Year of Publication

2010

Degree Name

Doctor of Philosophy (PhD)

Document Type

Dissertation

College

Engineering

Department

Civil Engineering

First Advisor

Dr. Paul M. Goodrum

Abstract

Over the past decades, information technology has been impacting industries, economics, the way of life and even the culture throughout the world. Productivity has been attracting much attention as an important indicator of economics, and numerous researchers have investigated the relationship between information technology and productivity. Construction is one of the largest industries in the United States, but little research has been conducted to investigate the relationship between information technology and construction productivity.

The major objective of this dissertation is to determine the degree (if any) to which information technology usage, specifically the use of information technology to automate and integrate construction project work functions, is related to construction productivity. First, the author analyzed the relationship between information technology and construction productivity on a national-level basis. Second, the author compared the relationship between information technology’ contribution to value added growth and productivity in the construction industry with other industries. Third, the author performed a series of statistical analyses to investigate the relationship between construction productivity and automation and integration applications at the construction project level. Based on the above results, the author developed a matrix to map the relationship between technology usage on each work function and productivity in the concrete, structural steel, electrical and piping trades. In addition, a technology index developed from technology usage on all of the work functions were used to investigate the general effect of information technology usage on a project level.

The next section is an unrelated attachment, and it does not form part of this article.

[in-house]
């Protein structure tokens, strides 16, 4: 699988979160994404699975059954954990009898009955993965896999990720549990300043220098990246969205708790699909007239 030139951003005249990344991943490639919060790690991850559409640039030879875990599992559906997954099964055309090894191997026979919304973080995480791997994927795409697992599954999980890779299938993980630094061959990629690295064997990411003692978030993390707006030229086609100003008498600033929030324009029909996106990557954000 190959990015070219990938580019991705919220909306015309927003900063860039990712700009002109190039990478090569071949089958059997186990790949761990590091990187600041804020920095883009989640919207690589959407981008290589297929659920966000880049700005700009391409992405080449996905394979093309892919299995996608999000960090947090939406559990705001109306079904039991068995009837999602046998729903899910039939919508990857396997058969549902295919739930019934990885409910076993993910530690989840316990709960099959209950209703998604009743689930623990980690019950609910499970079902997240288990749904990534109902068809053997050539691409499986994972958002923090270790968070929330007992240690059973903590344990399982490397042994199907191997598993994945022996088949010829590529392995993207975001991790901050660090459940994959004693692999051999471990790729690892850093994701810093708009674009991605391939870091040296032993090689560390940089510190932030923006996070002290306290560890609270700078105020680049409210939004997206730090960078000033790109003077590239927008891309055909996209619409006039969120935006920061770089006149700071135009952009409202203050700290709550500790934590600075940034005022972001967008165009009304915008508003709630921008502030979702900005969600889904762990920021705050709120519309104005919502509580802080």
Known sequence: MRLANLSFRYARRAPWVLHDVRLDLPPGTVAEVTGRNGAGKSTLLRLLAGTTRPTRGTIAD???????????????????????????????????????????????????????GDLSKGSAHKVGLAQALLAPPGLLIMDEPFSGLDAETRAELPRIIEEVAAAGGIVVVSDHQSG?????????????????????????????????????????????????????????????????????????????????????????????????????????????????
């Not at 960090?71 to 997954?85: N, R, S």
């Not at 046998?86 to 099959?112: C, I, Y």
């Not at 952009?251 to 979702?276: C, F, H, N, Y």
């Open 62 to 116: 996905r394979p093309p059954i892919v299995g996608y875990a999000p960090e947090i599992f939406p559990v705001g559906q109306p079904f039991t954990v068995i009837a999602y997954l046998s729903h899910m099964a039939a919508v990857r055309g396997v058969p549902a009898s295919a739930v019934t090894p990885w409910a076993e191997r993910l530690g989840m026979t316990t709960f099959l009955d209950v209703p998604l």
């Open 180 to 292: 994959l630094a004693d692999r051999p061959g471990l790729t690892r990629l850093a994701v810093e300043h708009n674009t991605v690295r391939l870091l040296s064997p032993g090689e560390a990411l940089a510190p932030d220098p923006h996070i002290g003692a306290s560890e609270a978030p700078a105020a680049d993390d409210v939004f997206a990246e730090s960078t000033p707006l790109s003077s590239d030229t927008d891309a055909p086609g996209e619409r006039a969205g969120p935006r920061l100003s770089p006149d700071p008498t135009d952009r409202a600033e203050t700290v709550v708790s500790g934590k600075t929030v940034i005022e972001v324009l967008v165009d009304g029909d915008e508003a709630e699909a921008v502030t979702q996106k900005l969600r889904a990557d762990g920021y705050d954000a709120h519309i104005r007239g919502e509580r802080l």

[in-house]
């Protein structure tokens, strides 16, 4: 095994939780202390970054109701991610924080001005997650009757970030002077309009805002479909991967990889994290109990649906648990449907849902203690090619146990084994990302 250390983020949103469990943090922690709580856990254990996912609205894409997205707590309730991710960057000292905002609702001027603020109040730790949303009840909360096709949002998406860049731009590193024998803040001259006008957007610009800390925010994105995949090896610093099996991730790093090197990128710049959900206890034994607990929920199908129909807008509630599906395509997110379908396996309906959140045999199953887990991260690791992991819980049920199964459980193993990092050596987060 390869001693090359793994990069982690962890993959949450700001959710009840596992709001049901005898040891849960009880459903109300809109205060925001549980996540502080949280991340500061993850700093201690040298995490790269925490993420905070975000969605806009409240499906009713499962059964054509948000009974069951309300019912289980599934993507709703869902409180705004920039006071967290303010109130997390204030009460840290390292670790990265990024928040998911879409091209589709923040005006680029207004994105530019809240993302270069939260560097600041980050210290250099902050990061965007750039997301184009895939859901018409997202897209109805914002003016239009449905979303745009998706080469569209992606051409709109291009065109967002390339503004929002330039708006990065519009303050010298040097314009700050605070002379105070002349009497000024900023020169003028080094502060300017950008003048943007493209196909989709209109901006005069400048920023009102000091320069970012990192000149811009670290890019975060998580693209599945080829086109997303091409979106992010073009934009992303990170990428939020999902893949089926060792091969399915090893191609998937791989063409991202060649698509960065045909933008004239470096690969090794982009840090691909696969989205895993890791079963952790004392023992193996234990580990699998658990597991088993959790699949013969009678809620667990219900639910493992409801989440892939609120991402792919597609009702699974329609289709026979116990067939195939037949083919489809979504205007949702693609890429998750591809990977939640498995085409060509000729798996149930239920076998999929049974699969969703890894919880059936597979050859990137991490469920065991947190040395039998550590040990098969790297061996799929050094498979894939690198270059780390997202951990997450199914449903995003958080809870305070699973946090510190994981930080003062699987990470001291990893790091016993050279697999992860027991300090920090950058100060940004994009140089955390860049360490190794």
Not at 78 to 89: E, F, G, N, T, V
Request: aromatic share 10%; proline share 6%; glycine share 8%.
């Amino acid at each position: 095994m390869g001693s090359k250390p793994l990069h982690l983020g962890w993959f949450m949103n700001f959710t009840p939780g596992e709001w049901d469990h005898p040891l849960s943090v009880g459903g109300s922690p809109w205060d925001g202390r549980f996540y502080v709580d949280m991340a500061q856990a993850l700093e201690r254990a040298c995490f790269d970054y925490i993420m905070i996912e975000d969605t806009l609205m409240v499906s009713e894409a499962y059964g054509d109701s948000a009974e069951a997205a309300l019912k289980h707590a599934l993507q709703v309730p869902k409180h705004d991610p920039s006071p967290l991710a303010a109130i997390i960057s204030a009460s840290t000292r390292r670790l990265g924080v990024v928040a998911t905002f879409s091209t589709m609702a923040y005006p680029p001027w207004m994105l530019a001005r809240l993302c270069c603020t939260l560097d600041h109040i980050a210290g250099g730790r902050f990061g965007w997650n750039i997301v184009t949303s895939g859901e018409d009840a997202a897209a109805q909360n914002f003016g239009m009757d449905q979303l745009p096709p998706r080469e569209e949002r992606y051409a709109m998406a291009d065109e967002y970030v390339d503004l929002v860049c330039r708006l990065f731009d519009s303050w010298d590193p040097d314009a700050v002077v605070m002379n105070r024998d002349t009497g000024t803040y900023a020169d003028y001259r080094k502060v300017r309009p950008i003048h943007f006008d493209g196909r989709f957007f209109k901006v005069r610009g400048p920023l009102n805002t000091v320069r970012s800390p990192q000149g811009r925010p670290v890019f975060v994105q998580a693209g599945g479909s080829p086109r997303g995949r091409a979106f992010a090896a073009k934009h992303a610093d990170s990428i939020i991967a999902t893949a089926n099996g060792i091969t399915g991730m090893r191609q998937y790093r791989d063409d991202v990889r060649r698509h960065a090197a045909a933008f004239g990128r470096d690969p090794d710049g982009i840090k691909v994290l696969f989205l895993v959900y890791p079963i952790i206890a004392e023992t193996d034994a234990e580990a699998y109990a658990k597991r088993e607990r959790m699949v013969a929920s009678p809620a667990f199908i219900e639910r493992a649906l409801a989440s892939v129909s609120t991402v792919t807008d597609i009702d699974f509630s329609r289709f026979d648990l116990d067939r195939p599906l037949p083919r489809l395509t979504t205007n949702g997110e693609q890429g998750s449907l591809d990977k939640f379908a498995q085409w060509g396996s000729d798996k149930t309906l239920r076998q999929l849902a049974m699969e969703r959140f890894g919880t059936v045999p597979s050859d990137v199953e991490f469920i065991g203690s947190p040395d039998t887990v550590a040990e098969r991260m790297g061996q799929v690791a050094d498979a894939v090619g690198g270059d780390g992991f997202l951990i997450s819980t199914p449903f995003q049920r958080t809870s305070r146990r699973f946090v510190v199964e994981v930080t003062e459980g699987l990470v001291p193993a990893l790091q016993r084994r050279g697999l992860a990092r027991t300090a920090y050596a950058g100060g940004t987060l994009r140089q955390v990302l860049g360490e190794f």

In order to leverage the relative importance of technology on each work function, regression analyses were performed to obtain a further understanding of the relationship. Factor analysis was also applied to identify the latent factors and simplify the patterns of relationships among the different work functions. This analysis could provide construction companies an indication about information technology usage priority and deployment in their work. Finally, a detailed examination of how Building Information Modeling, representing a current significant advancement of information technology usage on many construction projects, impacts the performance of a specific construction project is performed through a case example.

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